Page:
Time and hindsight vision will reveal the merits of the Meyer hiring…and the Khan decision.
For now, though, Meyer, is trying to convince his boss that he made the right move. Meyer and Khan met again on Sunday, another in a series of frequent conversations.
“Our focus is to finish the season strong and to make whatever adjustments we have to make to get this thing cooking,” Meyer said.
Can this man be trusted? That’s one of the questions Khan must assess along the way. After all, Meyer’s the one who hired a since-resigned strength coach with a history of making disparaging remarks with racial overtones. He’s the one who brought in his former college quarterback, Tim Tebow, for a brief shot as an NFL tight end before releasing him. He’s the one who didn’t fly back with his team after an early-season loss at Cincinnati, then embarrassed the franchise after videos surfaced of a woman dancing on him at a bar. And he’s the one who has hardly generated the type of high-powered offense that was his calling card in college (the Jags rushed for a paltry 8 yards on Sunday).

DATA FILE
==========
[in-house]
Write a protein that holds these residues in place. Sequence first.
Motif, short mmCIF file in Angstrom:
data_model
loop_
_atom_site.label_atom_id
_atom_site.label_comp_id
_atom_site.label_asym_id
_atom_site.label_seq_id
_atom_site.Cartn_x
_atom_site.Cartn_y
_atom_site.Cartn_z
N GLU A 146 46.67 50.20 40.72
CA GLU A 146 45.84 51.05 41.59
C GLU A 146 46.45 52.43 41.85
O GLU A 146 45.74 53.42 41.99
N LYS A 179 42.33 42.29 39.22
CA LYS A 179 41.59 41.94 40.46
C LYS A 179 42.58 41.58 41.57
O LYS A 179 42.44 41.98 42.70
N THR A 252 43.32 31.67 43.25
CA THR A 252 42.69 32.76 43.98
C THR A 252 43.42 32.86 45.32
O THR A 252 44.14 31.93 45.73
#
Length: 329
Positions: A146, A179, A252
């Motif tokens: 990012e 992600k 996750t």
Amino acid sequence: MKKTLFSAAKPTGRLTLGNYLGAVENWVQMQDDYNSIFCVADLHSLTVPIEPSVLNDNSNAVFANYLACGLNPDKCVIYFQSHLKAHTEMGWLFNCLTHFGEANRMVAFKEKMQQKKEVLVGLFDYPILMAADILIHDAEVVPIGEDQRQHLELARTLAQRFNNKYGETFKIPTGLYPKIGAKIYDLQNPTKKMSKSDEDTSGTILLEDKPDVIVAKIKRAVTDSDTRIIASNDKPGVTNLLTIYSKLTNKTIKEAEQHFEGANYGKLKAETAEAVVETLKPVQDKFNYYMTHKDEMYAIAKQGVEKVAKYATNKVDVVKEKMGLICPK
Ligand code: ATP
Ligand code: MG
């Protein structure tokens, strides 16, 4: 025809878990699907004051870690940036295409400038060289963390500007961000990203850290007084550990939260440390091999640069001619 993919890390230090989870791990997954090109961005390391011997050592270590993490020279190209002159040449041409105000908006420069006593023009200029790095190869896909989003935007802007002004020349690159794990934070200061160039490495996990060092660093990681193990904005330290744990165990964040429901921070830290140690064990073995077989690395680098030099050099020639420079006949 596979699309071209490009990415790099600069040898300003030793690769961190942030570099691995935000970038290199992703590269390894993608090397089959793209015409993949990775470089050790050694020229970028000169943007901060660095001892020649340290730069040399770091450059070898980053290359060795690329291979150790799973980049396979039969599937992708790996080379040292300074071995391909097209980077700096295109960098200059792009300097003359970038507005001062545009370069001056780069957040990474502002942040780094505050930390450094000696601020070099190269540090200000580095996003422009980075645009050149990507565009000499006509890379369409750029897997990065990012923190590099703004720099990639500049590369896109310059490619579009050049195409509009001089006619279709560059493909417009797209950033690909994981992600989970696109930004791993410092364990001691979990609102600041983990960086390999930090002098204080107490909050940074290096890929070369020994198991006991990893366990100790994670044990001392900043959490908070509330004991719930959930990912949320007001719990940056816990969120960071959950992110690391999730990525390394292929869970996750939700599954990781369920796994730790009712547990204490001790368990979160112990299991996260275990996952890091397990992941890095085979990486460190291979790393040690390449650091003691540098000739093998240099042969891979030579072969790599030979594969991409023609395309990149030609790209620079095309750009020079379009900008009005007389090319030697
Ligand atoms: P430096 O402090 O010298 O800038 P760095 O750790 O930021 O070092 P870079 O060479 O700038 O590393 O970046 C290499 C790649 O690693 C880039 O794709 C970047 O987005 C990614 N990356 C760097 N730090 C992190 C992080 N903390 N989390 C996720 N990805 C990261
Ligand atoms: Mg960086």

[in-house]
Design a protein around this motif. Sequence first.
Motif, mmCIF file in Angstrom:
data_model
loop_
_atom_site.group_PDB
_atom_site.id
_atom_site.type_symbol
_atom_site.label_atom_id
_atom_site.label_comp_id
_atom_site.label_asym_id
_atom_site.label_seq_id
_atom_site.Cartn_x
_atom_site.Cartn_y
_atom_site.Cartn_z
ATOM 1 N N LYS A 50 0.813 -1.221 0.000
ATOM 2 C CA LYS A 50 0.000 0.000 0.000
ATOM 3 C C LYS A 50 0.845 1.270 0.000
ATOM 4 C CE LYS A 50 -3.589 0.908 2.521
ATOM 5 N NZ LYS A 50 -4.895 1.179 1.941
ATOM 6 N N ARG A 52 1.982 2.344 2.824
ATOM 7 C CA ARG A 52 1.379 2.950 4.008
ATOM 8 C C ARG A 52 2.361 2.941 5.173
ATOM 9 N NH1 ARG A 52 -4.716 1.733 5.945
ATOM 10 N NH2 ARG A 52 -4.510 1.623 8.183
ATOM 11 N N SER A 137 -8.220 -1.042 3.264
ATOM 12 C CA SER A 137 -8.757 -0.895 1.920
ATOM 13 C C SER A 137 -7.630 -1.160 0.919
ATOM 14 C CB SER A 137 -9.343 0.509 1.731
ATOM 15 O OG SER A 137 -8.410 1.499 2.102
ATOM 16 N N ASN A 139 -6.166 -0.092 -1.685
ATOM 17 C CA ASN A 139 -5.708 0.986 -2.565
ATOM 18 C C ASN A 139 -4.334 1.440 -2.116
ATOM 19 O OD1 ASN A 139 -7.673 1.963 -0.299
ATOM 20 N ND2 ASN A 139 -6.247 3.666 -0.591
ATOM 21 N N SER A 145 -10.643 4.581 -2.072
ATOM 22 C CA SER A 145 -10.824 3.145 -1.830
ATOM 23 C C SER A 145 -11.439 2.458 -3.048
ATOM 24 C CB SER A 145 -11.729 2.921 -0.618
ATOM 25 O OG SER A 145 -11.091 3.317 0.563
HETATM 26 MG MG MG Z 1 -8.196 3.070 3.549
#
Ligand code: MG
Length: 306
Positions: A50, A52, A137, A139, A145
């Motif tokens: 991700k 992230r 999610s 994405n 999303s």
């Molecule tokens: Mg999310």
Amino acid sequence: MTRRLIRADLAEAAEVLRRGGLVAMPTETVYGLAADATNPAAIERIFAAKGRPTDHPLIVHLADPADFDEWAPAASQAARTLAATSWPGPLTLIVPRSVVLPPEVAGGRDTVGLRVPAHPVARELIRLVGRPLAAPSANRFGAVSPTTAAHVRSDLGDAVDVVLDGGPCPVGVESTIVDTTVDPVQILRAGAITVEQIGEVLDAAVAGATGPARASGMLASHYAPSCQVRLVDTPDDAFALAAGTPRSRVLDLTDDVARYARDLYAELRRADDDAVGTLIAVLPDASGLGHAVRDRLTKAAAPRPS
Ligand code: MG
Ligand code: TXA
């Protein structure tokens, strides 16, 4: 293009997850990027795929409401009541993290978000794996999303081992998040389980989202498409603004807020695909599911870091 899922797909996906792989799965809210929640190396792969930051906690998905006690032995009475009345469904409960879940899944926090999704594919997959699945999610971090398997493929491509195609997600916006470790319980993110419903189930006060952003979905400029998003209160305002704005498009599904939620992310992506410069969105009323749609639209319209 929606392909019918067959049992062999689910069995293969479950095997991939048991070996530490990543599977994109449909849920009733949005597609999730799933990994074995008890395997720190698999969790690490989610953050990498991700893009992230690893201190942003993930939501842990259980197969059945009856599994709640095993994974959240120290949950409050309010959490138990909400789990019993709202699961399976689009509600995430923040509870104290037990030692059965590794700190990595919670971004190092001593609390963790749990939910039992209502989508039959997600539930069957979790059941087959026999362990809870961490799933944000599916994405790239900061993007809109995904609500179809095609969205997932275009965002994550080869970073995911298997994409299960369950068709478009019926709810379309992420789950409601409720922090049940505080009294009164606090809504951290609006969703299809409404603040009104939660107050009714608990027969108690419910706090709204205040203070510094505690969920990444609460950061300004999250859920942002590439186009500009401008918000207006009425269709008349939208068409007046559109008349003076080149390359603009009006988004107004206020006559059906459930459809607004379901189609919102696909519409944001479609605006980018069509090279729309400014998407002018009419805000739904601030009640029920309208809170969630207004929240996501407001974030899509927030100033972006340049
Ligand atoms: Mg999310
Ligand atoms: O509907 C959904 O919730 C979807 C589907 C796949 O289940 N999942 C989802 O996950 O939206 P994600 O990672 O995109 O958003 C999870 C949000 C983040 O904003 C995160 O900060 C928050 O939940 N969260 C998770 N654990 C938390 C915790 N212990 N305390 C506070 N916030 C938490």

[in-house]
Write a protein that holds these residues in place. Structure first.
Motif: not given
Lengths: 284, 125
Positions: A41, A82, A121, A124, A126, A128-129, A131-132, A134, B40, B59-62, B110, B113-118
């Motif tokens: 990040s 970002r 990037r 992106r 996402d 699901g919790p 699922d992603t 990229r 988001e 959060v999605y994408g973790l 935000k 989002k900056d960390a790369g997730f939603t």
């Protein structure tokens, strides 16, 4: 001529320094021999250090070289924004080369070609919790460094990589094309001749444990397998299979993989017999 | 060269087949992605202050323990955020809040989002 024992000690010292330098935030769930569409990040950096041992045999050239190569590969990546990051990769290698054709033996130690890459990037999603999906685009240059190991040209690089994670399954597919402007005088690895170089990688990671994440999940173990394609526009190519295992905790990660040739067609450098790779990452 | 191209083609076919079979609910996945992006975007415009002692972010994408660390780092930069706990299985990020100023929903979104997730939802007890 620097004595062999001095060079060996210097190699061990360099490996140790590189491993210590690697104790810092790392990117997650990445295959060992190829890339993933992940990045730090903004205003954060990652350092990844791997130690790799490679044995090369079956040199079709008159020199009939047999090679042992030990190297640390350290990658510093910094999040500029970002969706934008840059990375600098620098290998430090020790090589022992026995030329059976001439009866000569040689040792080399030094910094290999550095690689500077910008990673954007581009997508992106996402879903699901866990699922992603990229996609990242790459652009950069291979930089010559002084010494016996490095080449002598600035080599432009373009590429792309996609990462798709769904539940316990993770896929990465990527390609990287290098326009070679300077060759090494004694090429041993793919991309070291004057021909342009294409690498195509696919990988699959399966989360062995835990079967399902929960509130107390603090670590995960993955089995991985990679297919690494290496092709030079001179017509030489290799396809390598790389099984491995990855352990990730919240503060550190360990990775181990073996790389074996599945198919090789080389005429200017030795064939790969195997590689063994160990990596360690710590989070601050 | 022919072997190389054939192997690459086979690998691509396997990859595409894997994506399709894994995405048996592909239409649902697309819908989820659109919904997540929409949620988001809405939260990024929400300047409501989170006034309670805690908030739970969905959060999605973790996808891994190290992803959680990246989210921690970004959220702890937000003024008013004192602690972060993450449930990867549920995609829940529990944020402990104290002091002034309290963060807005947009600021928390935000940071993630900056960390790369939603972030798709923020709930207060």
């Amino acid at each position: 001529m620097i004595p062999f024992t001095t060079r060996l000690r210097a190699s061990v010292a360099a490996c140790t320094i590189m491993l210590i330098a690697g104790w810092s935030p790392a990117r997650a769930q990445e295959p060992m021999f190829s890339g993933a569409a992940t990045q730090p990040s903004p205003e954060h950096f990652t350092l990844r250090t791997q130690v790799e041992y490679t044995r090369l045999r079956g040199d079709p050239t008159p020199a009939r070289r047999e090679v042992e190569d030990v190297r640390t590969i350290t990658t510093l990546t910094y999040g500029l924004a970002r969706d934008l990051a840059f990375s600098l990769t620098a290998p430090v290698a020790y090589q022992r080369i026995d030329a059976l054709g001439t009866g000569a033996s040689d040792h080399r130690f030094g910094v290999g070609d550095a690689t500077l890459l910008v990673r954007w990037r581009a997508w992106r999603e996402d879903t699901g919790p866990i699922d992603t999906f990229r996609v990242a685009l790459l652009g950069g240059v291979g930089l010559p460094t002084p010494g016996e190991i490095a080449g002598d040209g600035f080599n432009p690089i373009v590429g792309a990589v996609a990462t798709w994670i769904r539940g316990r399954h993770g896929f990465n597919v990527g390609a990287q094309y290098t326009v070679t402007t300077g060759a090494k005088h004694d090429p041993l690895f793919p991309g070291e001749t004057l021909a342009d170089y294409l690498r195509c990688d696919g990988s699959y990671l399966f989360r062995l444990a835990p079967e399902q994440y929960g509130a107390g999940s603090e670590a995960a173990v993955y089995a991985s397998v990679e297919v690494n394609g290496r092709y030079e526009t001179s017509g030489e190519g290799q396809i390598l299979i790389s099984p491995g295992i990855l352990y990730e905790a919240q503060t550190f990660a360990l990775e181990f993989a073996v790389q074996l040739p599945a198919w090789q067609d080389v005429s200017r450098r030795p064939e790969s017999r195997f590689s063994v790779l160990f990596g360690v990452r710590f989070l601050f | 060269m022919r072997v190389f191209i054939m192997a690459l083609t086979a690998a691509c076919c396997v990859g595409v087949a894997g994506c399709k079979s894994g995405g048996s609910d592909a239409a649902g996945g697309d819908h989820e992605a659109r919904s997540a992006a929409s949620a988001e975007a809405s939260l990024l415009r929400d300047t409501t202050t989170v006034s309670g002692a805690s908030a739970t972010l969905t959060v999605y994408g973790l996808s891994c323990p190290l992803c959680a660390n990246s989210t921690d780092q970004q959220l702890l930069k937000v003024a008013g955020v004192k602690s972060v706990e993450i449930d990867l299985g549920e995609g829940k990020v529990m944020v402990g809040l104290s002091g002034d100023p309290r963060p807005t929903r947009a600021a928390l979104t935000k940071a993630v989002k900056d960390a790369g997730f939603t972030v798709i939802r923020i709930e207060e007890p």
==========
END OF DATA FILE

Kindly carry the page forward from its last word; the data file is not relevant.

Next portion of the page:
“The reality is that losing sucks,” Meyer said. “Losing tears you apart.”
And losing costs jobs, too. In Meyer’s case, the losing is wrapped with intense scrutiny. Make or break, Meyer’s tactics and the results can’t be ignored.
Follow USA TODAY Sports' Jarrett Bell on Twitter @JarrettBell.
This article originally appeared on USA TODAY: Urban Meyer debacle is lesson in accountability for Jaguars